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Open Access Publications from the University of California

Progress in Microfluidic Nuclear Magnetic Resonance

  • Author(s): Kennedy, Daniel Joseph
  • Advisor(s): Pines, Alexander
  • et al.
Abstract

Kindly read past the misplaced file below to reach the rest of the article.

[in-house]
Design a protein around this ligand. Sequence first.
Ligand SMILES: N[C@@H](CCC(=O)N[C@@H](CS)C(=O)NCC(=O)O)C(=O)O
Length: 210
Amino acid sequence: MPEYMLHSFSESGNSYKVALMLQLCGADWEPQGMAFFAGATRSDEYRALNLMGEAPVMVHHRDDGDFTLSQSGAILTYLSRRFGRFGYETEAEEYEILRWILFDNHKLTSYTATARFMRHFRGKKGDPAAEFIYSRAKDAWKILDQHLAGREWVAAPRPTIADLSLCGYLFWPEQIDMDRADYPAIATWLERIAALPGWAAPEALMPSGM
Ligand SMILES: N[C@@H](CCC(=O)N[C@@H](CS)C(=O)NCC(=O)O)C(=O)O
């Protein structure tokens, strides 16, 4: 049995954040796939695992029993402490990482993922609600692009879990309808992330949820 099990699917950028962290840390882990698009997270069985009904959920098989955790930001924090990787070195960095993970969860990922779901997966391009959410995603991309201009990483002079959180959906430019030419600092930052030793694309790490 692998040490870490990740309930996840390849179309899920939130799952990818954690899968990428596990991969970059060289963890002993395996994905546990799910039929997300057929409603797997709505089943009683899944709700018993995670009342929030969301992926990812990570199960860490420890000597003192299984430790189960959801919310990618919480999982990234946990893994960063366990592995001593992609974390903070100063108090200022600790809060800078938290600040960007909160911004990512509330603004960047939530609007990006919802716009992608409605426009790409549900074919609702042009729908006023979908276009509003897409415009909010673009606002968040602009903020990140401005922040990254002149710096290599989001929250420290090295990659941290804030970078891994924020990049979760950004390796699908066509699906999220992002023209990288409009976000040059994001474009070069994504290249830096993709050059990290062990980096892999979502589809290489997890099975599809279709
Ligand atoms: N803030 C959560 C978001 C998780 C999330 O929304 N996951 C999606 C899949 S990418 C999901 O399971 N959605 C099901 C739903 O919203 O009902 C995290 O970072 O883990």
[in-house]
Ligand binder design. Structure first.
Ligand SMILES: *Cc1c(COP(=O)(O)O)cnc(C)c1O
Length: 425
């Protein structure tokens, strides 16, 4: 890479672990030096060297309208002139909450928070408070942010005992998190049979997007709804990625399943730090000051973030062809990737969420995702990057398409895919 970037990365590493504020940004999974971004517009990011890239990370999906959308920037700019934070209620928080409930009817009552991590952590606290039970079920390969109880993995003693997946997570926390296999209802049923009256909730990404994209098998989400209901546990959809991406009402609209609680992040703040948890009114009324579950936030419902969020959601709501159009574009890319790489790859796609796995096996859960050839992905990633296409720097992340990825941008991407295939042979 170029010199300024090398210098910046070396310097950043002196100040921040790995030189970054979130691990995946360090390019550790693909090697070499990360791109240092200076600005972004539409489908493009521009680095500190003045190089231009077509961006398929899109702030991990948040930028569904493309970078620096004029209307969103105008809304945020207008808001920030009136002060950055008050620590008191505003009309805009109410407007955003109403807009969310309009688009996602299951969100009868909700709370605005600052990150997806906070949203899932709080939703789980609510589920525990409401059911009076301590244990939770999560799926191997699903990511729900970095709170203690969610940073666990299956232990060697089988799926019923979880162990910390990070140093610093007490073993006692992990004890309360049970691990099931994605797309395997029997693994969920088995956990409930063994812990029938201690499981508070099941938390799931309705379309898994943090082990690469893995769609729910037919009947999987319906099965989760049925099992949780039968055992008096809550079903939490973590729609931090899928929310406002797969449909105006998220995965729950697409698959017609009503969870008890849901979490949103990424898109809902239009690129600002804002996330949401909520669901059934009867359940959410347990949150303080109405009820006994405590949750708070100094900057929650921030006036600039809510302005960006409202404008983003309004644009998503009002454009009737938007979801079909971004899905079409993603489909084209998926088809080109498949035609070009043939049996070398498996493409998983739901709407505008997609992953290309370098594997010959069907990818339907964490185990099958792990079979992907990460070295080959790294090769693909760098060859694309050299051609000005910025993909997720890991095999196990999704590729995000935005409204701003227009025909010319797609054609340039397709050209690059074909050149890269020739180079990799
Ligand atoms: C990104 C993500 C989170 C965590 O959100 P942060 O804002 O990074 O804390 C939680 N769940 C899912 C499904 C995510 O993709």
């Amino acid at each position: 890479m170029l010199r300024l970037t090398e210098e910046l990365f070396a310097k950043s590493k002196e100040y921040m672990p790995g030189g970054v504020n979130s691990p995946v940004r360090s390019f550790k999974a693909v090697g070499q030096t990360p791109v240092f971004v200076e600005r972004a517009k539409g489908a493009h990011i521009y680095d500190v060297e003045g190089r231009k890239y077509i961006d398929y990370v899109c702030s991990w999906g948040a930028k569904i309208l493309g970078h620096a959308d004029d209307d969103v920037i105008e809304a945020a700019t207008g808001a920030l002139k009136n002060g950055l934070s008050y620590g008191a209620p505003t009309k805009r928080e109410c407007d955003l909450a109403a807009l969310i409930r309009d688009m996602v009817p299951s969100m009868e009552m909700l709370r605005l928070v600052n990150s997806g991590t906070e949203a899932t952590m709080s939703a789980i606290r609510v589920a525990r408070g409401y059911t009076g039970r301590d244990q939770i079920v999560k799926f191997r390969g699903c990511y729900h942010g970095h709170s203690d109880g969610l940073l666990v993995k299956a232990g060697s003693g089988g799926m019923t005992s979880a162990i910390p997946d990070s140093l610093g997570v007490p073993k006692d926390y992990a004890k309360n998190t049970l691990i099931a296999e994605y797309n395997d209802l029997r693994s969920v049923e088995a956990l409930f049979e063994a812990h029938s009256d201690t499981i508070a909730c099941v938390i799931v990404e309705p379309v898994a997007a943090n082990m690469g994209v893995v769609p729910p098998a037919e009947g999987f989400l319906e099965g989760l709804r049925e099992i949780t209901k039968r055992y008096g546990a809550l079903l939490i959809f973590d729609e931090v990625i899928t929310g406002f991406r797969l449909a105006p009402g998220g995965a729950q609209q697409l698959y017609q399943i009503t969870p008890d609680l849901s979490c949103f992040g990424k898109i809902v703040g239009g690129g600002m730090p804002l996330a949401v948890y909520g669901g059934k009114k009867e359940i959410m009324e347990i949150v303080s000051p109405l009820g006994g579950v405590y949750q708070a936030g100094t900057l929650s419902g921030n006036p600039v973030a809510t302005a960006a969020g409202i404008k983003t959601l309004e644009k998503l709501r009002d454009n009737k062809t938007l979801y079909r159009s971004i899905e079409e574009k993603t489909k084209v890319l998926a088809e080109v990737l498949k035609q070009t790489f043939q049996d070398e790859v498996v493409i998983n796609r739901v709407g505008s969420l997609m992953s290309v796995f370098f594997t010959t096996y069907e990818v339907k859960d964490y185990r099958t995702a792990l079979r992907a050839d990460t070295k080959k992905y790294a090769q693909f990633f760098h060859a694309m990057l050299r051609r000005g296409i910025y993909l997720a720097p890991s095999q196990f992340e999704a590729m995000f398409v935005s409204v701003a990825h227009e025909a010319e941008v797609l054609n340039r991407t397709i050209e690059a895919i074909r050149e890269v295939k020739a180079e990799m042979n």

Nuclear magnetic resonance (NMR) has matured into an extremely powerful technique, with applications ranging from chemical analysis to molecular biology to medical diagnostic imaging. Unfortunately, the hardware associated with this technique has traditionally been large, immobile, expensive, and required frequent specialized maintenance. Microfluidic technology has allowed for a great reduction in complexity and expense for most common analytical techniques; however, little work has been done to leverage the advantages of microfluidics and nuclear magnetic resonance in a single device. In this thesis, I describe advances toward the goal of creating small, portable, inexpensive, easy-to-use NMR microfluidic instrumentation. First, I describe projects relating to the use of Xe-129 chemical sensors on microfluidic devices. I demonstrate a silicon and glass microdevice which allows the production and optical detection of hyperpolarized Xe-129 at low magnetic fields. The device enhances the NMR sensitivity of Xe-129 experiments by a factor 10^4 on hardware that is a factor of 10^6 smaller in size and power requirements than current polarizers. I describe techniques for patterning arrays of Xe-129 chemical sensors on microfluidic devices and using them to detect chemicals at picomolar sensitivities. These technologies may be integrated to produce highly integrated portable devices for detecting arbitrary chemicals in complex fluids. Due to the use of NMR as the detection modality, they may be used on dirty samples which cannot be interrogated through the use of optical spectroscopy or mass spectrometry, such as biofuels or whole human blood. The second part of this thesis deals with a method of encoding imaging information using arrays of thin magnetic films instead of magnetic field gradients. This technique obviates the need for large instrumentation in imaging experiments and may allow for greater portability, further increasing the practicality of microfluidic NMR experiments. These advances represent a significant step toward microscale NMR technology.

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